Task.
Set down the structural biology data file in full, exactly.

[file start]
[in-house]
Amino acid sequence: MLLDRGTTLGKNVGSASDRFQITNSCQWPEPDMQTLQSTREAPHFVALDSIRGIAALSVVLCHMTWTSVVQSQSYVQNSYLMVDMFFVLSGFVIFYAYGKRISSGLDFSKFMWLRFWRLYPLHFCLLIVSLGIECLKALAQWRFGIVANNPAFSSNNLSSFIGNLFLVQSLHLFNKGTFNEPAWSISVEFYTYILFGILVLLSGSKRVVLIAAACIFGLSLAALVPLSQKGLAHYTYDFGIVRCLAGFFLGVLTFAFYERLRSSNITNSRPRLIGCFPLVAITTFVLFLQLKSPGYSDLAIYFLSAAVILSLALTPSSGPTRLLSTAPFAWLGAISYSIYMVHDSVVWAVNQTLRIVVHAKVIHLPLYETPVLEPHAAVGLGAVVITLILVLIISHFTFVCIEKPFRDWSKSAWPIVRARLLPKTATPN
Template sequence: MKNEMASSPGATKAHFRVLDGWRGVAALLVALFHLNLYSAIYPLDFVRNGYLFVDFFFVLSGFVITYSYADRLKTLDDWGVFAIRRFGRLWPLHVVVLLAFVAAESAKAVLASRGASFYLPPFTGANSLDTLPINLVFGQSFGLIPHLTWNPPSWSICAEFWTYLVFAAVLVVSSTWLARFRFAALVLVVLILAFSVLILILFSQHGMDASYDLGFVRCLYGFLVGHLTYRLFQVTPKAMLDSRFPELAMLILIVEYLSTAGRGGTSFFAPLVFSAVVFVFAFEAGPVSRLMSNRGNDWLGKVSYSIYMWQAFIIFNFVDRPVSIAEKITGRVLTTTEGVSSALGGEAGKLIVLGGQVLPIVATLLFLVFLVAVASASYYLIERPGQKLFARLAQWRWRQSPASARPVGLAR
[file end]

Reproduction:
[in-house]
Amino acid sequence: MLLDRGTTLGKNVGSASDRFQITNSCQWPEPDMQTLQSTREAPHFVALDSIRGIAALSVVLCHMTWTSVVQSQSYVQNSYLMVDMFFVLSGFVIFYAYGKRISSGLDFSKFMWLRFWRLYPLHFCLLIVSLGIECLKALAQWRFGIVANNPAFSSNNLSSFIGNLFLVQSLHLFNKGTFNEPAWSISVEFYTYILFGILVLLSGSKRVVLIAAACIFGLSLAALVPLSQKGLAHYTYDFGIVRCLAGFFLGVLTFAFYERLRSSNITNSRPRLIGCFPLVAITTFVLFLQLKSPGYSDLAIYFLSAAVILSLALTPSSGPTRLLSTAPFAWLGAISYSIYMVHDSVVWAVNQTLRIVVHAKVIHLPLYETPVLEPHAAVGLGAVVITLILVLIISHFTFVCIEKPFRDWSKSAWPIVRARLLPKTATPN
Template sequence: MKNEMASSPGATKAHFRVLDGWRGVAALLVALFHLNLYSAIYPLDFVRNGYLFVDFFFVLSGFVITYSYADRLKTLDDWGVFAIRRFGRLWPLHVVVLLAFVAAESAKAVLASRGASFYLPPFTGANSLDTLPINLVFGQSFGLIPHLTWNPPSWSICAEFWTYLVFAAVLVVSSTWLARFRFAALVLVVLILAFSVLILILFSQHGMDASYDLGFVRCLYGFLVGHLTYRLFQVTPKAMLDSRFPELAMLILIVEYLSTAGRGGTSFFAPLVFSAVVFVFAFEAGPVSRLMSNRGNDWLGKVSYSIYMWQAFIIFNFVDRPVSIAEKITGRVLTTTEGVSSALGGEAGKLIVLGGQVLPIVATLLFLVFLVAVASASYYLIERPGQKLFARLAQWRWRQSPASARPVGLAR